It all started at a party with a bottle of protein powder. Erin Parker, a Stanford graduate and enthusiastic proponent of “bikini bodybuilding,” was visiting a friend’s party while holding some protein powder. These amino acids proved relatively unpopular with the other guests in attendance, but one other person at the event was at least curious about the woman holding protein.
Nidhi Kulkarni, an MIT computer science graduate and competitive rower, walked up to Parker and began asking questions about the powder, such as how to use it to more effectively put on high-quality weight. The two nurtured a friendship, and several months later, joined together to build a new workout app for women called Spitfire.
Parker and Kulkarni are on a mission to provide women with a very different type of workout app, culled from their own experiences as strength builders and athletes. Instead of showing a couple of ineffective exercises, Spitfire presents comprehensive “plans” that teach women how to reach their long-term goals, even when they will require immense work. Each plan is inspired by an actual woman, and none of the images in the app use models (in fact, many are of the founders themselves).
Their hope is to encourage women to believe that they can achieve incredibly difficult challenges with more realistic depictions of the steps ahead, building “spitfires” in the process.
They see a wide hole in the market for this sort of experience. Despite the abundance of exercise apps for women in Apple’s App Store, there are few that show the intensity required for high performance. In particular, “there is this image of women doing these exercises with little pink barbells” that just infuriates Parker. “There are plenty of apps that promise results in 5 or 7 minutes,” but these apps then proceed to show “women on the floor lifting their legs up a couple of times, exercises that are completely fake. All the legit stuff that actually gets you results are never shown.”
Like the goals at the heart of the app, though, these two co-founders also had a long road themselves to see their vision reach the app store. Parker was once determined to become an investment banker, but over the course of the past two years, has picked up Ruby on Rails and iOS development all the while continuing an intense workout regimen. Kulkarni, one of the top graduates from MIT’s computer science department, also walked onto the university’s crew team, competing at the Division I level for several years. Through Spitfire, they hope to imbue their own grit into an app usable by women everywhere.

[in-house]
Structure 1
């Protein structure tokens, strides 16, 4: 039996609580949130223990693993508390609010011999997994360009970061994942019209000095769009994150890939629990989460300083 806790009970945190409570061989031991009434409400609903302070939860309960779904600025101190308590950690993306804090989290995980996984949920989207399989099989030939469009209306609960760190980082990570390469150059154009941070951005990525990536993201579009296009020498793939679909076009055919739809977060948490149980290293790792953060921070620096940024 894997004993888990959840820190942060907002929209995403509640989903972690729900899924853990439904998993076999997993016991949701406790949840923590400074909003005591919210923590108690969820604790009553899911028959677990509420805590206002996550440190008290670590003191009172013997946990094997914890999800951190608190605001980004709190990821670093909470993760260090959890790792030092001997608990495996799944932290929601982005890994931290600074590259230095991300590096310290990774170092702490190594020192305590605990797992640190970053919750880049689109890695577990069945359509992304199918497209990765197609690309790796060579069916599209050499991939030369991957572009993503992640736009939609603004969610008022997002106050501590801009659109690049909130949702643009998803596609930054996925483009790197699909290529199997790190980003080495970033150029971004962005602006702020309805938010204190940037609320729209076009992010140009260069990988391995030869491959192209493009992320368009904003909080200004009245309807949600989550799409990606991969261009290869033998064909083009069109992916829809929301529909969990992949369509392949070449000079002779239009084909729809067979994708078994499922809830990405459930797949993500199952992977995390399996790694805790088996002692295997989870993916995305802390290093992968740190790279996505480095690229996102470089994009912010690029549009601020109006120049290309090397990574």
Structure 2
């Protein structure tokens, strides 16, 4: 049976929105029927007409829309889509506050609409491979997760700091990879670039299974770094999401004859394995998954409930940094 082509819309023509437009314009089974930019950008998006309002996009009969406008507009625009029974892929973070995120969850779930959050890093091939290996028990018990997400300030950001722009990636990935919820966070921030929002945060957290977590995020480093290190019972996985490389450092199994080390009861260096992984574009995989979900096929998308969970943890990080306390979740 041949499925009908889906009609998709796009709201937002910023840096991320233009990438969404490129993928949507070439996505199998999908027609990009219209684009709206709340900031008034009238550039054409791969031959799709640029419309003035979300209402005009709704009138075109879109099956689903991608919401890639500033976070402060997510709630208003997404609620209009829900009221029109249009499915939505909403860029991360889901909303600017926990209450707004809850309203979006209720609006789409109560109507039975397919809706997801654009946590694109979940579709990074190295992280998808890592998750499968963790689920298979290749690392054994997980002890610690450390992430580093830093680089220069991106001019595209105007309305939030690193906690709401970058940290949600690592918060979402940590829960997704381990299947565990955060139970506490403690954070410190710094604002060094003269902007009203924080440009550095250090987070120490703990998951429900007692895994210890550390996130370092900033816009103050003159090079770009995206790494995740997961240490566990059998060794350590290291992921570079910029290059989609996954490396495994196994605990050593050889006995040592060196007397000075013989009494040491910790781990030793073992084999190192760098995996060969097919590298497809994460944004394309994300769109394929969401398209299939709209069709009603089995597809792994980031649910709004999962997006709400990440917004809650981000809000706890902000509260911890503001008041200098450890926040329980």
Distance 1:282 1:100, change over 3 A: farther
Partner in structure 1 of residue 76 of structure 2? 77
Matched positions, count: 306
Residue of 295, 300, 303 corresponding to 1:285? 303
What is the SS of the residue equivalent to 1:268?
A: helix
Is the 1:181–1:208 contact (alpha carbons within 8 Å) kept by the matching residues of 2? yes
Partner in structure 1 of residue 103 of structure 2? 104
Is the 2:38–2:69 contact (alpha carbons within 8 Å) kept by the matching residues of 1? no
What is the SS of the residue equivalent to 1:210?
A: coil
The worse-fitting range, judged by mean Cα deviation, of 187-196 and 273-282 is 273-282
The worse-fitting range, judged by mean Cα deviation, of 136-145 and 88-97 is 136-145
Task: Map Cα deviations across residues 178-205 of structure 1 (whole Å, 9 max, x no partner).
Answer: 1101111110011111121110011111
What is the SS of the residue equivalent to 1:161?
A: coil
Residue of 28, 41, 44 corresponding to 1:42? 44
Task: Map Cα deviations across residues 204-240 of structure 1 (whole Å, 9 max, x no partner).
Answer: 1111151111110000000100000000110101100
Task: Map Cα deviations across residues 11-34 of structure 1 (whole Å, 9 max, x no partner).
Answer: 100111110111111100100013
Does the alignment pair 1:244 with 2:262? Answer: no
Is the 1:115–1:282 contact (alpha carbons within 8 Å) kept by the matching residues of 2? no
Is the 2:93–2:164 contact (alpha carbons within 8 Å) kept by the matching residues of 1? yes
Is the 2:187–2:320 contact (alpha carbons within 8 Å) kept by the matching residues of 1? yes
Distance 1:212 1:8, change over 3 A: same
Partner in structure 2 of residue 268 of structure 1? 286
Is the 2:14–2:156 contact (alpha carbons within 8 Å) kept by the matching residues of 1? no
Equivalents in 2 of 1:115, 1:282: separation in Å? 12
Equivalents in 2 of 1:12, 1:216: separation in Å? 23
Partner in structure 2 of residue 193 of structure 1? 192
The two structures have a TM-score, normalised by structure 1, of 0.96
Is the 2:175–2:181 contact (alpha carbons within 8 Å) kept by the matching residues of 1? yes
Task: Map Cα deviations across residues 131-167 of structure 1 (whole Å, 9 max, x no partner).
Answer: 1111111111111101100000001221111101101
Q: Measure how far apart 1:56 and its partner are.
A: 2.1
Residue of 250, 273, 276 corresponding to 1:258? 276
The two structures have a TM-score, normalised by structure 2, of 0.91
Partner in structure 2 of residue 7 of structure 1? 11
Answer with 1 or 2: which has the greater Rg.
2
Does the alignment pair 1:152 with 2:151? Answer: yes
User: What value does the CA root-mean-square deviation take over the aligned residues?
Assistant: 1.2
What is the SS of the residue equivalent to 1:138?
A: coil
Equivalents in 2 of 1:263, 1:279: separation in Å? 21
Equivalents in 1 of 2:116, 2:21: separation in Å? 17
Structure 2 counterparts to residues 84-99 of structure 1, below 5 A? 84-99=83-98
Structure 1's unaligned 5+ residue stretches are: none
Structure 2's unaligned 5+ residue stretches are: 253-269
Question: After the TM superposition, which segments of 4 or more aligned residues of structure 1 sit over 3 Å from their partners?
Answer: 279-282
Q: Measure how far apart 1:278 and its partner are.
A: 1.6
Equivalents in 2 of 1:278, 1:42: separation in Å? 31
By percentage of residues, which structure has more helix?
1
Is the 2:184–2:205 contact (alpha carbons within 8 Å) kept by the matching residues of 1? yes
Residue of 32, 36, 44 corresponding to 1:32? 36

Spitfire’s primary mission is simple: set a goal and choose the right plan to get there. When users first log in to the app, they are asked a series of questions on what they want to do. First, users are asked to set a goal. Today, there are two options, strength and physique, but the founders hope to add others like endurance, power, flexibility, and agility in later updates.
Next, they have to select whether they want to focus around gym equipment or body-only exercises. Once these simple questions are answered, the app will recommend one of five plans that best match.
These plans are the core of the product. Within each plan, there are tasks to complete each day for several weeks, and clicking through the days offers exercise tips as well as photos to guide exercise novices through any complicated maneuvers. As you complete tasks, a progress bar fills up, and you can fill in notes for each task such as the weight of your barbells or the number of repetitions.